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So, there’s water on Mars – what does it mean?


The brown bits are traces of water on Mars, apparently / Photo: NASA, JPL, University of Arizona

Since first landing on Mars back in 1976, NASA has been scouring the planet’s surface for signs of H20. Now, after a drought of nearly four decades, the space agency has confirmed what we hoped for all along – yes, there is evidence of liquid water on Mars.

NASA has already flown past Pluto this year for the first time, but, as announcements go, ‘water on Mars’ will take some beating. And to think, just a couple of weeks ago Elon Musk wanted to nuke the place.

If we can find liquid water on Mars, the theory goes, then there’s a good chance of finding life, and – in the long-term – even making the planet inhabitable. So, now that we know it exists, what does it all mean?

Liquid water? Isn’t that just…water?

Not quite. We’ve actually known that Mars has frozen water for a long time, but temperatures on the icy planet should be much too cold to support the liquid form. At night, the planet can plunge to depths of -100 degrees celsius, keeping any trickle of liquid locked up in icy poles.

But evidence of an ancient watery past have long kept scientists intrigued. Even in its earliest explorations, NASA found evidence of dried-up Martian lakes, while research earlier this year suggested the Red Planet wasn’t always so red after all – possibly holding more water than Earth’s Arctic Ocean.

Before you get too excited, NASA hasn’t found an ocean. It hasn’t even found a puddle. What NASA has found is the evidence of liquid water on Mars, seen in the dark streaks in the image below.


Streaks show the flow of briny liquid water / Photo: NASA, JPL, University of Arizona

Yes, we know – it’s hard to get excited about streaks, and even harder when they’re referred to as ‘recurring slope lineae’. According to NASA, though, they’re created by tiny streams of water that can travel hundreds of meters during the planet’s warmer summer months.

When are we moving to Mars, then?

Before you pack your bags, there are some more things you should know about the water on Mars. This isn’t the kind that you’d buy in a bottle or that comes out of the tap. It may not be drinkable in its current state or even look much like water at all.

During NASA’s press conference, planetary professor Alfred McEwen said – even in warmer months – the streaks are more likely to resemble “thin layers of wet soil”. On top of that, it’s likely to be incredibly briny, so much saltier than the water that fills our oceans – quick, somebody send Brita water filters.

Even if the water was clean and clear, it would only be one hurdle jumped, and the path to Mars is littered with even bigger obstacles. Indeed, it’s for good reasons that human beings have yet to set foot on Mars – from the largely inhospitable climate, to unknown viruses, limitations in engineering, and – believe it or not – the risk of dust clogging up the machinery.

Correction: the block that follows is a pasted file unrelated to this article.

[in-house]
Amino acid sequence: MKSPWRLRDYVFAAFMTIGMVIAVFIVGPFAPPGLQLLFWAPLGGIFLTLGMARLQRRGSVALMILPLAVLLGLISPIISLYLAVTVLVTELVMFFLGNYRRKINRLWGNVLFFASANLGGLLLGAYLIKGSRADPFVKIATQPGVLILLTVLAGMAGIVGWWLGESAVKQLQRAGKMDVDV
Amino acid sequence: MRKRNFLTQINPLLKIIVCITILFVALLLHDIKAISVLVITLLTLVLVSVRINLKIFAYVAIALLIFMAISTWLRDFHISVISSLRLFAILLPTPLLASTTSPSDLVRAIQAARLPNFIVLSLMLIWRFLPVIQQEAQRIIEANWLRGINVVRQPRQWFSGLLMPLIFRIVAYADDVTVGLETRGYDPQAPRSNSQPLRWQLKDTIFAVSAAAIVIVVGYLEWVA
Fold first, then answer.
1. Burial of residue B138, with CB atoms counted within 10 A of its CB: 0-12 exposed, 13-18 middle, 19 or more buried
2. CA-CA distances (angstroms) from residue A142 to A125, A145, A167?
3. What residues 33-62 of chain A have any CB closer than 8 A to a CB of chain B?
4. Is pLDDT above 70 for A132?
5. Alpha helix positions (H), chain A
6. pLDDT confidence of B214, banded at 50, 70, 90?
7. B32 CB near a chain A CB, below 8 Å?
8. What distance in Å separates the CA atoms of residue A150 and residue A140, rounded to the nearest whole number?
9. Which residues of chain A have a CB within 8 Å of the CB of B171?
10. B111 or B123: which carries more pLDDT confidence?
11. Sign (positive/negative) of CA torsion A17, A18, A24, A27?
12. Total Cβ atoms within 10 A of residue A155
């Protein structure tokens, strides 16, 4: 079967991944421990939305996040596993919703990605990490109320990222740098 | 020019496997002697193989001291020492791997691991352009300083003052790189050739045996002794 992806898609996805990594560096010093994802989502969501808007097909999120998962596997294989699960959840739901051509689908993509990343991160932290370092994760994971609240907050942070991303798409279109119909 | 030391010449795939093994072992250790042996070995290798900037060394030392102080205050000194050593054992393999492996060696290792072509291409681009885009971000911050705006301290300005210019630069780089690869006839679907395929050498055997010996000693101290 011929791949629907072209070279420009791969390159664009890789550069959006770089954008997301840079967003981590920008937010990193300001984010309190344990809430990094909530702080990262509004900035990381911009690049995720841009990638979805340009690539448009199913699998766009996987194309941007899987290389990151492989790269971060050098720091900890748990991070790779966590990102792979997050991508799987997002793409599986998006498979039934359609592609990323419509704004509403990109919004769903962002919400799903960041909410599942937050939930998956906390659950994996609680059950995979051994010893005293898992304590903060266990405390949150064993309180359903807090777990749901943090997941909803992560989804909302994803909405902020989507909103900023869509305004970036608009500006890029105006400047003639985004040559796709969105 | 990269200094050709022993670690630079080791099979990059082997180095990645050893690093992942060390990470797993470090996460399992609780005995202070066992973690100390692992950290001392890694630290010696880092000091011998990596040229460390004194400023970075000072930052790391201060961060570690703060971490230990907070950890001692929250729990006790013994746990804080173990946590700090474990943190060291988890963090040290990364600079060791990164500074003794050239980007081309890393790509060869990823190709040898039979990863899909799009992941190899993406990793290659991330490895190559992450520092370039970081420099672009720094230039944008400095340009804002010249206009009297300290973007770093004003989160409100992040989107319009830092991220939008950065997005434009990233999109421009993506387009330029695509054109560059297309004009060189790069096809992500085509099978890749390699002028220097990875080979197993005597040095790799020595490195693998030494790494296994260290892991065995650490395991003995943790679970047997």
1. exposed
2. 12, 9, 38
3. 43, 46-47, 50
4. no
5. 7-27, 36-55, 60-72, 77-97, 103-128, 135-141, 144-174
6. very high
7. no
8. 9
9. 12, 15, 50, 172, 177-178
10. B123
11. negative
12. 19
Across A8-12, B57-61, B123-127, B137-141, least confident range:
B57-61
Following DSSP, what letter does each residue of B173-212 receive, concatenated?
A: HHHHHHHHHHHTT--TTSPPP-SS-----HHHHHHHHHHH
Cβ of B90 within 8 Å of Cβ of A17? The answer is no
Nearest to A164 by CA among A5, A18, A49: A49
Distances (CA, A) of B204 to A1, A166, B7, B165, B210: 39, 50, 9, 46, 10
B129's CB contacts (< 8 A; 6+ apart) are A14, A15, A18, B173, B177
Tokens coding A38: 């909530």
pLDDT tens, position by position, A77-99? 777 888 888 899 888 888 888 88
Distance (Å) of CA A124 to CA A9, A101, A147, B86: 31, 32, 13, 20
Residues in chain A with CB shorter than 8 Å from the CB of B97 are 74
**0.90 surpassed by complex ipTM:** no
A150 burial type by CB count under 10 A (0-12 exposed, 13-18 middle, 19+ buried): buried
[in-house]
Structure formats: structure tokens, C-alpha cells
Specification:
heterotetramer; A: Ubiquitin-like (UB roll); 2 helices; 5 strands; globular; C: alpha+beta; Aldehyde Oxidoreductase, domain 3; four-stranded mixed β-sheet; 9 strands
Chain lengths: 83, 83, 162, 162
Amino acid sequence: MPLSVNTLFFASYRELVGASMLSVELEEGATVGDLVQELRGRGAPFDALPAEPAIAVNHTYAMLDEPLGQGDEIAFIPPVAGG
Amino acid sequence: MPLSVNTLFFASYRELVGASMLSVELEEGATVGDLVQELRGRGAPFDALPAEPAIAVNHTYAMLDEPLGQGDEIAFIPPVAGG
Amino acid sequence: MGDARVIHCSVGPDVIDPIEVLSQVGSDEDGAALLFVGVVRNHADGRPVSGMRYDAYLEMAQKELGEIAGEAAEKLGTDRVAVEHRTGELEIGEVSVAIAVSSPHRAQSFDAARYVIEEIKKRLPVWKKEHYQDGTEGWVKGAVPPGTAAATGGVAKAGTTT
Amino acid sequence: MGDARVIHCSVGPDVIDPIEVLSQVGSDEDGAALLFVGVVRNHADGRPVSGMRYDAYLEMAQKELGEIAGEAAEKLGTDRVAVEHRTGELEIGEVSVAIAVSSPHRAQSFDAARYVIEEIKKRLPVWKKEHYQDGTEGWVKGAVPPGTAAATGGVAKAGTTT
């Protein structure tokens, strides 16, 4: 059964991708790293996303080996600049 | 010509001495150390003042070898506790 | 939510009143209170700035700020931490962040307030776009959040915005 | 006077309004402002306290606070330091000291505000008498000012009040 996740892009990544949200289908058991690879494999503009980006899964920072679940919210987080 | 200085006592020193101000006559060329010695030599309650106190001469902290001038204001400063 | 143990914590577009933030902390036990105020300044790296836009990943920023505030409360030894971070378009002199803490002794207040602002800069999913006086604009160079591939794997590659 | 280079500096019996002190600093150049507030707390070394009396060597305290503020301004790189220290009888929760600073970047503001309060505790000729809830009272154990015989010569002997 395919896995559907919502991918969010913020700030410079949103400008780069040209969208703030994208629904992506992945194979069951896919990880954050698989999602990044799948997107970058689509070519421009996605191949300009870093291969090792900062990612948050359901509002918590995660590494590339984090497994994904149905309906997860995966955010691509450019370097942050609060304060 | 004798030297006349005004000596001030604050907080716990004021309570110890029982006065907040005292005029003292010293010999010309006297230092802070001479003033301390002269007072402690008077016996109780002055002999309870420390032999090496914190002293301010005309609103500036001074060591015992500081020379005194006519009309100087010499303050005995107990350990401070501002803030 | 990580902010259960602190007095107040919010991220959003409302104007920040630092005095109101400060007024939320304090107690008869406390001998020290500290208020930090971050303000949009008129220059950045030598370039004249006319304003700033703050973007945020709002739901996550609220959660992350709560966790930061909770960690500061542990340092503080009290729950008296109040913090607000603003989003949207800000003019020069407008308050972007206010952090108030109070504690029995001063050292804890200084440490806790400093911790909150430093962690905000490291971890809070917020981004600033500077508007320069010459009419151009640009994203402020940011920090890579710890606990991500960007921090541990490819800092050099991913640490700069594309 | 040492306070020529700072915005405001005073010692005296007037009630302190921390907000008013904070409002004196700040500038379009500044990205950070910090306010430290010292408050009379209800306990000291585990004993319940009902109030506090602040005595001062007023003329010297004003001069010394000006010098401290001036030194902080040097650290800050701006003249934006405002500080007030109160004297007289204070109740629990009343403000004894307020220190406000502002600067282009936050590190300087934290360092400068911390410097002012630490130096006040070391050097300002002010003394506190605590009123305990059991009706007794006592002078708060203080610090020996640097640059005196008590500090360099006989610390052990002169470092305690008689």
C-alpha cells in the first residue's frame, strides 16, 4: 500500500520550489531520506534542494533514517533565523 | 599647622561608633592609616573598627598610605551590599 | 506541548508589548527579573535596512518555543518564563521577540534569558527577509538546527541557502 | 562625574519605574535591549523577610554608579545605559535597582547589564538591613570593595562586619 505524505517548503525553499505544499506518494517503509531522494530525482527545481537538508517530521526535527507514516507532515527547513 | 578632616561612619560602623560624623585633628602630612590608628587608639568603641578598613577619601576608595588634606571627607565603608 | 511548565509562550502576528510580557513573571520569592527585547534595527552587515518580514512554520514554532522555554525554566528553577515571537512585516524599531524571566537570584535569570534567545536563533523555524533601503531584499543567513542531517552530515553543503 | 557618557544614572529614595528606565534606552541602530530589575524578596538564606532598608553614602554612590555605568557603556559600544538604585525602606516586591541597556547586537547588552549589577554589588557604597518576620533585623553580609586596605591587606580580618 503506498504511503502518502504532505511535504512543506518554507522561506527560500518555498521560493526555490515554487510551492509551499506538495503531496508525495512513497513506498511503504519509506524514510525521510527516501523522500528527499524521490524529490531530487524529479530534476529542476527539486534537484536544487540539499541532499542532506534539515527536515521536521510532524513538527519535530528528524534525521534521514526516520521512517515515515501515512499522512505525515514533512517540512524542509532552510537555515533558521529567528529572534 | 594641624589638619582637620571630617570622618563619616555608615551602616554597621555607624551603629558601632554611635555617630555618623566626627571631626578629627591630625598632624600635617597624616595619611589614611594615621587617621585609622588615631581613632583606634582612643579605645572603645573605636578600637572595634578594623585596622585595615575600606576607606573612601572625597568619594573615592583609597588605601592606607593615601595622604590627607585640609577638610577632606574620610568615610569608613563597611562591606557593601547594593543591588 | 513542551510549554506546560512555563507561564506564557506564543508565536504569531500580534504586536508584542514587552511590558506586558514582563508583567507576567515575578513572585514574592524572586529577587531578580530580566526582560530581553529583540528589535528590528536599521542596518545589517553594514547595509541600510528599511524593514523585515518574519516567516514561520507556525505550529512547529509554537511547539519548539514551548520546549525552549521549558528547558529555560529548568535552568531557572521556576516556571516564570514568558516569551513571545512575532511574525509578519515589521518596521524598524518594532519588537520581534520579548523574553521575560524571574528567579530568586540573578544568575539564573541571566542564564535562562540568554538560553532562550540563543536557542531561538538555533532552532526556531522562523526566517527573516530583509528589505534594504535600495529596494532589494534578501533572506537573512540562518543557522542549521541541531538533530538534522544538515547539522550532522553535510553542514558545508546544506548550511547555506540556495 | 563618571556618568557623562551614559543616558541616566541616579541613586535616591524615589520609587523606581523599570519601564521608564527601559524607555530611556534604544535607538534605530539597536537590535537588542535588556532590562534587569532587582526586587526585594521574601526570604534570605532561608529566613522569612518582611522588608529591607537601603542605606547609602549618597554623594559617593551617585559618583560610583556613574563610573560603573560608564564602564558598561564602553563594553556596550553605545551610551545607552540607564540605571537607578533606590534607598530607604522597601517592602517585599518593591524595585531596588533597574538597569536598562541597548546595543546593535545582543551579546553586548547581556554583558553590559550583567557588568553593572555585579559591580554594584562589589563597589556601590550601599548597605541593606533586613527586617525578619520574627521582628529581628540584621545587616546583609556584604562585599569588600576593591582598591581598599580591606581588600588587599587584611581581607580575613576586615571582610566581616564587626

“We spent $17 million trying to solve dust problems and I don’t know of one that worked,” said chief engineer Grant Anderson, talking to Wired. “John Young [commander of Apollo 16] was out on the moon brushing thermal panels with a pig-hair brush and it didn’t work well.”

Having said all that, liquid water on Mars is still a big deal. Alongside the nitrogen in the planet’s atmosphere, the water supply could allow us to grow crops in Martian greenhouses, which takes us an important step closer to colonizing the Red Planet.

What about aliens?

Naturally, now there is definitely water on Mars, the next question is whether or not extraterrestrial life could follow.

“Experience in the driest places on Earth tells us that life is very creative at taking advantage of very small amounts of water to survive and even thrive,” SETI researcher Alfonso Davila told told Mashable.

“Therefore this study adds to a growing body of evidence that the Martian habitability window might have closed not billions of years ago with the disappearance of lakes, as is commonly assumed, but much more recently.”

By studying the water on Mars, NASA will be able to get a better understanding of how life might have survived – and potentially still survive – on the planet. It also has a better idea of where to look – although it may not be where you expect.

It’s thought that the salty water found in canyons and craters would be too harsh for microbes to survive in, but its existence points to the potential for reservoirs or freshwater glaciers below the surface. If alien life on Mars does exist, then, it’s likely to be elsewhere – further north or south, and far below the surface.

So what can we do with the water on Mars?

As mentioned earlier, the presence of water on Mars could help us to grow plants in greenhouses or keep colonizing humans hydrated. That’s still some way off, though, and the resource is bound to be in short, expensive supply.

However, it’s not just the water itself that is of interest to NASA – it’s chemical components hydrogen and oxygen can also used to make rocket fuel. If there was a large enough water supply, it’s thought that it could fuel return journeys or even be used to venture further outwards.

While it’s still early days, should we find more water on Mars there are many more possibilities for human and alien life on the planet. NASA should find out more when its rovers return to the Red Planet for samples in 2020. Here’s hoping there’s life at the end of the tunnel.

Want to know more about Mars? Try these:

This TED infographic shows what life is like on Mars

Elon Musck wants to nuke Mars so we can all visit

Mars, Jupiter and the Sun – this is what’s next for NASA

NASA’s new Mars spacesuit is certainly different

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